MATHRIX Professorship: an important step in an academic career
Assistant professor Dr. Mira Schedensack held the post until 2019 and, looking back, she says, “The MATHRIX Professorship enabled me, for the first time, to carry out research really independently.”
An academic career was something that Mira Schedensack had already considered as an interesting prospect while she was an undergraduate in Berlin. After successfully completing her PhD and getting a good response to her work as a post-doc in Bonn and Augsburg, her aspiration to become a professor grew steadily. She took the first step in this direction with the MATHRIX Professorship in Münster. The Faculty of Mathematics and Computer Science had created the position with a view to promoting gender equality.
She has especially fond memories of the freedom she had in her research and of the inspiring surroundings. “I was able to choose for myself what I wanted to work on and could concentrate hard on research.” A reduction in the teaching load to four hours a week helped in this respect.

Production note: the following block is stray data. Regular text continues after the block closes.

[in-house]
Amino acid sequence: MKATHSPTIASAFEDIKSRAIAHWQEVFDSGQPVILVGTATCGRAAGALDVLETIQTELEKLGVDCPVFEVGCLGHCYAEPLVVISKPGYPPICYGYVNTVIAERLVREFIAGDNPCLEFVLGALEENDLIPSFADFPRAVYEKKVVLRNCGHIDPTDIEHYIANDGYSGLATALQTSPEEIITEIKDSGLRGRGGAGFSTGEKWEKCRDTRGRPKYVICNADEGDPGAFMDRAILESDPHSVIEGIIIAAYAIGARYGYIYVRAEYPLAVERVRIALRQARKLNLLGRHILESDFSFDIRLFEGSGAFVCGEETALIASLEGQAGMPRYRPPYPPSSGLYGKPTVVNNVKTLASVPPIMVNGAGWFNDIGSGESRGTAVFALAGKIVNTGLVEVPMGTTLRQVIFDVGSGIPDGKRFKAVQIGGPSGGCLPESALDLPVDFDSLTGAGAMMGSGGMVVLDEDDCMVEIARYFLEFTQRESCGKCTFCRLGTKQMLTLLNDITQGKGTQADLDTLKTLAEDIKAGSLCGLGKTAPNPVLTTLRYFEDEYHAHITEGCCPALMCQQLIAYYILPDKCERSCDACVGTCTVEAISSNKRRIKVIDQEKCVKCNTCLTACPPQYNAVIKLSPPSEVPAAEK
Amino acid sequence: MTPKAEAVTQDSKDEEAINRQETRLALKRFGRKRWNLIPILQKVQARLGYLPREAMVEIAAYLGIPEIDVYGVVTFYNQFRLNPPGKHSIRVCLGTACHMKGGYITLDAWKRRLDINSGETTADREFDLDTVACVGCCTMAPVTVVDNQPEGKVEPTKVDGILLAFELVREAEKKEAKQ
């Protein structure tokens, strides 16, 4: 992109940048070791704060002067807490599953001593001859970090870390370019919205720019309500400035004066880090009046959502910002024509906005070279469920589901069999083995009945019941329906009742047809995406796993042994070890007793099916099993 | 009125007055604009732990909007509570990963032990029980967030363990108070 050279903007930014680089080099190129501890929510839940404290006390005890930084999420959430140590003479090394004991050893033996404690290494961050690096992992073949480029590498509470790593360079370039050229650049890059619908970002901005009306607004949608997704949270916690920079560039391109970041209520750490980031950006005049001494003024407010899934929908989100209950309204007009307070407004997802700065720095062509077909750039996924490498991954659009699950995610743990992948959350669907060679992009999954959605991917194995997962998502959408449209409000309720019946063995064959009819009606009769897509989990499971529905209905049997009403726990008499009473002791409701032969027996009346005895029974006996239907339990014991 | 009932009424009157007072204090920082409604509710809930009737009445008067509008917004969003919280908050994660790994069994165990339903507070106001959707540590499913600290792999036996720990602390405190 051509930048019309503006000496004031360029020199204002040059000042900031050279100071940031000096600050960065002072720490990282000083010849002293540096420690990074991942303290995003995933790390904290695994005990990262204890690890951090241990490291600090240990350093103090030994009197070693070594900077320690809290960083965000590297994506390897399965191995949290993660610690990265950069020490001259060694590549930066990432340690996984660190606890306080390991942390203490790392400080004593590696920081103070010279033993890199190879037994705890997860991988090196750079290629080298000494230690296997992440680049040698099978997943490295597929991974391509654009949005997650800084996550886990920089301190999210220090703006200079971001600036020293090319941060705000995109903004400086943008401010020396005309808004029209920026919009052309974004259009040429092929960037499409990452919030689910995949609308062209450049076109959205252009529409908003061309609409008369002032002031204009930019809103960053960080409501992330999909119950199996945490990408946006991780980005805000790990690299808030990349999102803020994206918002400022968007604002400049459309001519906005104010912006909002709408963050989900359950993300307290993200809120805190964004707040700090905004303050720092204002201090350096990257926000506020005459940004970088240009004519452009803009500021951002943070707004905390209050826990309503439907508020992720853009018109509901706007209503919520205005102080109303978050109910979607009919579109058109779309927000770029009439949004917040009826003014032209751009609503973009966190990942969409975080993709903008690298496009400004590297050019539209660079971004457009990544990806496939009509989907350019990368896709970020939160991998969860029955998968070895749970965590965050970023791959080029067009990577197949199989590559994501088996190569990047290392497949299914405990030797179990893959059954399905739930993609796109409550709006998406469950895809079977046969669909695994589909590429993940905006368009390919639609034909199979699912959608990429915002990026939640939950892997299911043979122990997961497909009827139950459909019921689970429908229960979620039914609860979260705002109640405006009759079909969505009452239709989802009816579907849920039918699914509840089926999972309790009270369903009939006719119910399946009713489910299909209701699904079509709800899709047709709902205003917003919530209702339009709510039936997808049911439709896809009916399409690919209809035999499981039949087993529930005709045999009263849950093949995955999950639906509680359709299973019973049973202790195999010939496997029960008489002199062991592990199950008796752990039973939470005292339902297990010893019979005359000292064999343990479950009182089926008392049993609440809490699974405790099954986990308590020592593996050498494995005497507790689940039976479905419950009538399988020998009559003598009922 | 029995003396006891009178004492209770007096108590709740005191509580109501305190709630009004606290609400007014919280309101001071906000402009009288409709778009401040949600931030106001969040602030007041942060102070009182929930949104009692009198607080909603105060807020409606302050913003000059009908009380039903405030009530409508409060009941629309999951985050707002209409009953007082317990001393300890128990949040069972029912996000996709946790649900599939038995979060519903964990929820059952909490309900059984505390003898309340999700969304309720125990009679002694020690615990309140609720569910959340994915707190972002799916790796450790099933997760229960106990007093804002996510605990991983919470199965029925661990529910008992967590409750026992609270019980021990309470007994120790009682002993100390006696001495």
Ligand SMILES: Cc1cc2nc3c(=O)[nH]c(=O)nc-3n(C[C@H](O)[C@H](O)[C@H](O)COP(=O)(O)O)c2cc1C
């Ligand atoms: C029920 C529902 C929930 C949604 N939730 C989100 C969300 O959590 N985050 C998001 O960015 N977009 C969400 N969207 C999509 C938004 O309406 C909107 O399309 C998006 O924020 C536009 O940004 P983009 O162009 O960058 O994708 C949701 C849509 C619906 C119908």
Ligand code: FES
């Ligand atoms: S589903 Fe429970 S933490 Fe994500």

Mira Schedensack’s special field is the numerical treatment of partial differential equations. As the field of applied mathematics is really quite large in Münster, she was able to indulge in lively discussions with other researchers. The facilities which the position was equipped with also enabled her to take on a PhD student. This support, in turn, was helpful in advancing her own research projects – for example, a project which she had initiated with engineers at the University of Bochum as part of a priority programme.
“As an assistant professor you have a lot of contact with the tasks that go with a permanent professorship – you can already ‘practise’ for the future, so to speak,” she says. What this meant for her in Münster was attending committee meetings and being involved in the application made for the Cluster of Excellence. “That was a really interesting experience,” she comments. And all the finer when the application was ultimately accepted.
Mira Schedensack is now a tenure-track assistant professor at the University of Leipzig. The move to Leipzig had family reasons: her partner, likewise a mathematician, and she both found suitable posts in the region – which is very fortunate for couples working in the academic world. “As we have a small child, it’s very important for us to live together as a family in one place,” she says. So the couple can make good use of the flexibility in working hours that their jobs offer in order to take turns in looking after their child.